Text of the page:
A trip timed to coincide with an important event can also be educational. Spend Bastille Day in Paris, and enable your children to understand the history of that day. Be in a country when it’s first democratically-elected government is inaugurated, and spend a day with a historian who can put the date in context for your children. Or travel to a place which will experience a solar eclipse or other celestial event that your children can learn about by experiencing. In providing for the education of your children, don’t forget that experience is the best teacher.

Giving Back

Philanthropic travel and voluntourism have become so pervasive that they are now an industry. There are so many opportunities to combine travel with giving back that there are companies, websites, books, and nonprofit organizations devoted to making these opportunities available. Rather than simply teaching the next generation to write a check, travel can be used to teach your children to help others in a hands-on way and provide them with a perspective they might not otherwise have. Purposeful travel enables a family to find innovative, values-based ways to give back by contributing time and talents as well as treasure.

The effect on children traveling for philanthropic purposes can be profound. They will meet children their own age living in starkly different circumstances. This personal experience can help them understand what life is really like for billions of people subsisting in developing countries. Giving children a role in uplifting those less financially fortunate can awaken their minds to the harsh realities of the developing world, but also empower them as to what they can do for others and why this is important.

You can demonstrate to your children that philanthropy and purposeful travel go hand-in-hand. You can help children develop the habit of giving when planning a trip by having them consider what they can contribute or what they can give back to the destination that they are visiting. Purposeful travel can teach children to ask “Who can we help next summer?” rather than “Where can we go next summer?”

Purposeful travel focused on giving back addresses two other important goals that parents have for their children – happiness and gratitude. First, happiness research suggests that if we really want to be happy, or if we want our children to be happy, giving back is essential. Second, once a family has accumulated financial abundance, then the bar is raised and the expectations tend to be high. There is the potential for an entitlement mentality to arise in the next generation. Purposeful travel can counter this by highlighting the importance of gratitude.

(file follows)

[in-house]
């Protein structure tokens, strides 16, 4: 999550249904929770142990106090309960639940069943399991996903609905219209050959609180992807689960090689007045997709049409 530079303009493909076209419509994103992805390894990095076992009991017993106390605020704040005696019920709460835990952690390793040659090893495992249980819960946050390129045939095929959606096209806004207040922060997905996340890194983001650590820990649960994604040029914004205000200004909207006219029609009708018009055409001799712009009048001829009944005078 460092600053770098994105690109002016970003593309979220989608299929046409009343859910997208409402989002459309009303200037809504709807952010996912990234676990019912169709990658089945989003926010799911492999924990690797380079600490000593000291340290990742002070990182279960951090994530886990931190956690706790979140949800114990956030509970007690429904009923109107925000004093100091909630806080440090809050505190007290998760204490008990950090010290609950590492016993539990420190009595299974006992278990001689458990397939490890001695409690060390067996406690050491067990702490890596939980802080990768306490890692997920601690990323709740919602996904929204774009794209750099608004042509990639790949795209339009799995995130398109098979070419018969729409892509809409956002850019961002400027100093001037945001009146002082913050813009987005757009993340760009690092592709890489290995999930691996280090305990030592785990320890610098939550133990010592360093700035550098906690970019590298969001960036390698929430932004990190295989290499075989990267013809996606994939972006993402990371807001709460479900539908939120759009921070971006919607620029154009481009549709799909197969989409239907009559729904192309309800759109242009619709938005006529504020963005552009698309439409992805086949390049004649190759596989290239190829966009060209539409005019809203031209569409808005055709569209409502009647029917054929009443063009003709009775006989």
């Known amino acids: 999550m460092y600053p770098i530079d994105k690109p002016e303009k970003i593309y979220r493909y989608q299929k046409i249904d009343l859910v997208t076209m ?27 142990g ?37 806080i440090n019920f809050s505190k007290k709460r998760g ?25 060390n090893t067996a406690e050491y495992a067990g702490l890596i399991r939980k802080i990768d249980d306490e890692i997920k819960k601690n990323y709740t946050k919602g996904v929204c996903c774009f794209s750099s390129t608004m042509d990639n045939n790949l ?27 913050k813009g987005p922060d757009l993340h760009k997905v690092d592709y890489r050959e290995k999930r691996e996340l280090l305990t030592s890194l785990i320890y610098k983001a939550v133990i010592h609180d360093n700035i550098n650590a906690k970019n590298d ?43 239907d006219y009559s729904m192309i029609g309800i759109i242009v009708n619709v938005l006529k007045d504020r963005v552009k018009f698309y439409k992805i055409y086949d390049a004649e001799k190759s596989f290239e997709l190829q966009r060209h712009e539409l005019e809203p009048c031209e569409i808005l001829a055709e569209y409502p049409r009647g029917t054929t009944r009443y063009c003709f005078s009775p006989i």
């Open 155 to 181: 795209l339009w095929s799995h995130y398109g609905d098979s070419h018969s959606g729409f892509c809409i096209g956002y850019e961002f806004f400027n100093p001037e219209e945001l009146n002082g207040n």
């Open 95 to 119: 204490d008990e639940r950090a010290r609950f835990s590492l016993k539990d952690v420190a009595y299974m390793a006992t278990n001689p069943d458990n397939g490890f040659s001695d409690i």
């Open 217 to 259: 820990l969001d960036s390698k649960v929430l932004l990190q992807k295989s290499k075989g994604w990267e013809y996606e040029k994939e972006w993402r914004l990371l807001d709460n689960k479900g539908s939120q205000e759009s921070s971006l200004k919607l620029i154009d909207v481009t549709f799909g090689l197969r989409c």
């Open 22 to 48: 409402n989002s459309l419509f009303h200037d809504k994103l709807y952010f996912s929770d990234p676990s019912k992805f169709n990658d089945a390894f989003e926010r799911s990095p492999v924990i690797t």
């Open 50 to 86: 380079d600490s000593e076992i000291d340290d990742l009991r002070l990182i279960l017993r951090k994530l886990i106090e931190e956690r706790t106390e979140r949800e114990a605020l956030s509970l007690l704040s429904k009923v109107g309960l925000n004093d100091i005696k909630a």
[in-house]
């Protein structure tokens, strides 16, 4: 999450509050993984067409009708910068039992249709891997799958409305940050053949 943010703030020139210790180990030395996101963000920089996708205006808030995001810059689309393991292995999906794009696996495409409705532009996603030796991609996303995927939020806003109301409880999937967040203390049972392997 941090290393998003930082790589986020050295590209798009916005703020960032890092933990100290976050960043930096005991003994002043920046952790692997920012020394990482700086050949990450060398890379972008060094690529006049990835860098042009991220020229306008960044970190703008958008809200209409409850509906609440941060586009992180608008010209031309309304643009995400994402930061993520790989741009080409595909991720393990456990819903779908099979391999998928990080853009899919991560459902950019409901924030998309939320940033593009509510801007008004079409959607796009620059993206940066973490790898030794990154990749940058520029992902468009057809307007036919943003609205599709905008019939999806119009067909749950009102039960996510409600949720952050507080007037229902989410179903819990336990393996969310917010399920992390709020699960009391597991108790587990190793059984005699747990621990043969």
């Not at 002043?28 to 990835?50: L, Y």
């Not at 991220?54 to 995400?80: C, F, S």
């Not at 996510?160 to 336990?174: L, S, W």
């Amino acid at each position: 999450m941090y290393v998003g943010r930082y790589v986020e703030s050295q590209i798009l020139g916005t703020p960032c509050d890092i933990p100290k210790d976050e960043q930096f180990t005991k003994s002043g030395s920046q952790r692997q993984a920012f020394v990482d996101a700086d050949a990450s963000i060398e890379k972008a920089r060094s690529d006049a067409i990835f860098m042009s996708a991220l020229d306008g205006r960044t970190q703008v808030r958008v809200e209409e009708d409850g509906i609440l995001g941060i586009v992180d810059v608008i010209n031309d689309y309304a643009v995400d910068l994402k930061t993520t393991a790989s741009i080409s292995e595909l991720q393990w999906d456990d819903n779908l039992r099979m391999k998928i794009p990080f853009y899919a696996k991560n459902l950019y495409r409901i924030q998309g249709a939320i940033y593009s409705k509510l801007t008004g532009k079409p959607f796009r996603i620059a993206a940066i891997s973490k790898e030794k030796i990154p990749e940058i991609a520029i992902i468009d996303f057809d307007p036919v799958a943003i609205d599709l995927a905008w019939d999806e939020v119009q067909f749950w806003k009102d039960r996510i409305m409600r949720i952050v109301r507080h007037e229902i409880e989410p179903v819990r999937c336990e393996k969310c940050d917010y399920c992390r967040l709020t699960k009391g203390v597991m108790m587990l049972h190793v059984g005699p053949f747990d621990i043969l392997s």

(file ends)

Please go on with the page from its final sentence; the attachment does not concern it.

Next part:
Being Grateful

Travel presents many interesting opportunities to contrast the living and working conditions between the country where the family resides and the country that the family is visiting. Don’t just isolate yourself in a luxury resort. Get out into the community, meet people, and learn about how they live and how they make a living. When you’ve spent the day in Saint Petersburg with an older couple who lived through the Soviet era, and listened to their stories of life in communal apartments and harassment by the KGB, you can’t help but feel grateful for the life you have. If you’ve spent a week volunteering in an African village where girls aren’t educated because they spend their days carrying water from a source miles from the village, you can’t escape the gratitude you feel for the blessings you enjoy.

Purposeful travel can be a powerful force in teaching all of us to be grateful for the parents we have, for the life they’ve given us, and for the opportunities we have because of them. Seeing the world that most of humanity knows makes it impossible to take for granted or not appreciate what we each have.

Purposeful Travel

No other human activity equals purposeful travel for its ability to teach us, and to enrich our lives and those of our family. It’s a unique gift that we can give to our families which will strengthen the family, protect its legacy, and contribute to sustaining the family and its wealth. It can make us better people and give us more meaningful lives. And it is so much fun.

The original article can be found here: “Purposeful Travel”